Things in the childhood cancer world are FAR from fine.
My "favorite" (yes, more sarcasm but you probably gleaned that by yourself having read this far) thing he said was that children can tolerate higher doses of chemotherapy because they are essentially tougher than adults and deal with the crapfest of chemo more positively.
I don't disagree, for some adults. There are some adults that get up and fight like a kid. I know because I am one of those adults. I am a breast cancer survivor and there was no time to be sick because our son was getting 5 times more chemo on the same day I was and he wanted to go to the park and play.
So I went with him and fought like a kid.

Our kids are freaking ROCK STARS!

However, the problem with Asshat #2's statement is that when we throw that much chemo at kids, it has lasting long term effects. Two-thirds of the kids who DO survive have long term, chronic health effects.
Our son has a thyroid disorder, kidneys that are not functioning well, a liver that is compromised, and various other things.
2-3% of those children who survive develop a secondary cancer that is CAUSED by the treatments they had to save their lives the first time.
Our son, Braden, is one of the 2-3%. 
And now the medical world believes he won't survive it.
What did we treat it with? What was our one and only chance to try to prolong and perhaps save his life??
More high dose chemo.


It came in the form of a bone marrow transplant in which he received bone marrow from his eleven year old brother who was a perfect match.
Guess what Asshat...high dose chemo is not safe and it's not working (see previous comments about the too many childhood cancers have horrific odds for survival after doing high dose chemo as well as the latent destructive chronic effects of said chemo).
We desperately need targeted therapies that attack cancer cells and leave healthy cells alone so children don't have those side effects of chemo, side effects that could kill them. Therapies that are directed to shut down the activators of childhood cancers and stop them before they begin. Awareness so diagnoses are made at earlier and more treatable stages. Therapies and drugs that are directed to the unique biochemical pathologies that are unique to THEIR types of cancer.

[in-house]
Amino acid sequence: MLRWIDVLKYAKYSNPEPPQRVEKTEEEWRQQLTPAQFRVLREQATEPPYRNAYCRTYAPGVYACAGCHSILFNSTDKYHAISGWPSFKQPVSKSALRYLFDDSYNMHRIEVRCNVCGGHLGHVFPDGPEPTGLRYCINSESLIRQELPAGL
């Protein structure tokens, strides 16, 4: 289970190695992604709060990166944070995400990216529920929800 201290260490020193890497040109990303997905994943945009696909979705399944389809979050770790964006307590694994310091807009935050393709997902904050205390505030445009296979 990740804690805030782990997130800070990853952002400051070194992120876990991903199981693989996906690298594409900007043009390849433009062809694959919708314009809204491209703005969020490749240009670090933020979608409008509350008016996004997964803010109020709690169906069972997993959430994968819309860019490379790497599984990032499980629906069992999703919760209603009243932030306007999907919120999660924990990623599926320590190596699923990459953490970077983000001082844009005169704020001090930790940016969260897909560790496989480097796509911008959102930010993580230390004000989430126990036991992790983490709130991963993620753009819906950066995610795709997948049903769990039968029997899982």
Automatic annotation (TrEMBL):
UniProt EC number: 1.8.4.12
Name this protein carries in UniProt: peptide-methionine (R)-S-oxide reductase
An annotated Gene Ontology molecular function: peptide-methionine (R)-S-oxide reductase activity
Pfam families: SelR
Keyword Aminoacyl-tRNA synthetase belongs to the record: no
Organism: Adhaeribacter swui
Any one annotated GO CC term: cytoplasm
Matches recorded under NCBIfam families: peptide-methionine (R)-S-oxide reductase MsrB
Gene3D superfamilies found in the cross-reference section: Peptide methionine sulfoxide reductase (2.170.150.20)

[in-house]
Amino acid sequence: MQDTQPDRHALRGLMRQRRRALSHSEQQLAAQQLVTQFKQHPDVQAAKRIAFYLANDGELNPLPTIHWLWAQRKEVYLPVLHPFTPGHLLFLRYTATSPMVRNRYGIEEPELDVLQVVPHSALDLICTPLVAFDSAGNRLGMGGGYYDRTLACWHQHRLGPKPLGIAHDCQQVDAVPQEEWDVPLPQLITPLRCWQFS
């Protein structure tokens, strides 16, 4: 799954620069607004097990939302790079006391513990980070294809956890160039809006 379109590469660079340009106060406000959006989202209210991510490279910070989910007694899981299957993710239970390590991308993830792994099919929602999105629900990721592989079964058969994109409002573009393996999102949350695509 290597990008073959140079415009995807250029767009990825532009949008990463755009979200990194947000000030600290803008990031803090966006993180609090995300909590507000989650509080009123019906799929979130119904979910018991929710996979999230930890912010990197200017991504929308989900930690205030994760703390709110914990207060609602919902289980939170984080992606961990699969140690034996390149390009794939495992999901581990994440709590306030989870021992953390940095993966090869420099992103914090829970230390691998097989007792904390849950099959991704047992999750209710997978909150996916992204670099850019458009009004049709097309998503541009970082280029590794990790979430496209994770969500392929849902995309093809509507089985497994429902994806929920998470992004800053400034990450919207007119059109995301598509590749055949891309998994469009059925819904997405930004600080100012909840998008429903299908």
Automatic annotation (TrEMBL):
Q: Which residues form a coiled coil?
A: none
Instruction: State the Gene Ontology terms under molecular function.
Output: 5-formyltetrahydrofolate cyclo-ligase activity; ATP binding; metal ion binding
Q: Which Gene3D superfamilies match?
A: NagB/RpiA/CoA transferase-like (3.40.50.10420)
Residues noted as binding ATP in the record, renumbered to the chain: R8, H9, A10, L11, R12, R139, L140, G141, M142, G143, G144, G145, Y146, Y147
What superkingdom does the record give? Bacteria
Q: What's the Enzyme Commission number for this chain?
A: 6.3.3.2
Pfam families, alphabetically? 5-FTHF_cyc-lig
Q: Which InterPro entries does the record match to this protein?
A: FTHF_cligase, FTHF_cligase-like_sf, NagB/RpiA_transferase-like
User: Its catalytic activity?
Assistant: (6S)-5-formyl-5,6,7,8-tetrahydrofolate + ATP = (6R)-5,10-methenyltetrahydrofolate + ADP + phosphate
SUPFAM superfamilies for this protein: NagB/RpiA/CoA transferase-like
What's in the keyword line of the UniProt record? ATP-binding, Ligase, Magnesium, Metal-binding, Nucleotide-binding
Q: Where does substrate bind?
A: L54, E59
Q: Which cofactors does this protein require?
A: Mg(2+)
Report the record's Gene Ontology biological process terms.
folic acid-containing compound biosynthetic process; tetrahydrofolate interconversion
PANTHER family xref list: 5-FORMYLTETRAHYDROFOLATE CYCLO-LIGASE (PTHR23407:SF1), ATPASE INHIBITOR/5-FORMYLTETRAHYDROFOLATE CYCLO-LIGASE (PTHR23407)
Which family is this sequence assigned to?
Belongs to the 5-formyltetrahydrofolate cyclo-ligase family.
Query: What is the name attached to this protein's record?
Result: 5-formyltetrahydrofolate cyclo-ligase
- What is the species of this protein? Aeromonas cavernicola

(And here's a bonus for both of the Asshats need to be educated about...)
IF we do just that, researchers believe we could potential PREVENT adult cancers.
Those are dollars that are much more wisely spent. Smokey Bear said it best, "prevent the forest fire" don't chase it down after it's already raging.

That is not an "incidental benefit" like they tout for childhood cancers as a result of adult cancer research; it's a "direct benefit" to adults from childhood cancer research.

BOOM Asshats!
I am shocked, disappointed, and furious that both of these men chose to turn their backs on the very people they are supposed to fight for as their career paths dictate.
That is why they earn the titles "Asshat #1" and "Asshat #2" on my "Grand Poobah Asshats of All Time" list.
Congratulations Asshats.
You win.
Unfortunately, our kids are losing...
because of "people" like you.
BOTH of these men should have known better!
Please read and form your own opinion. People don't have to agree with me, this is just my editorial. 
I am a mom of a child who is supposed to die. I don't deny being biased, but I do believe my opinion is fair, is honest, and has integrity...
...which is something these Asshats don't possess when it comes to children with cancer.
I believe this beautiful face is worth fighting for and I'm sad and angry that people charged with leading the fight have failed him and his friends.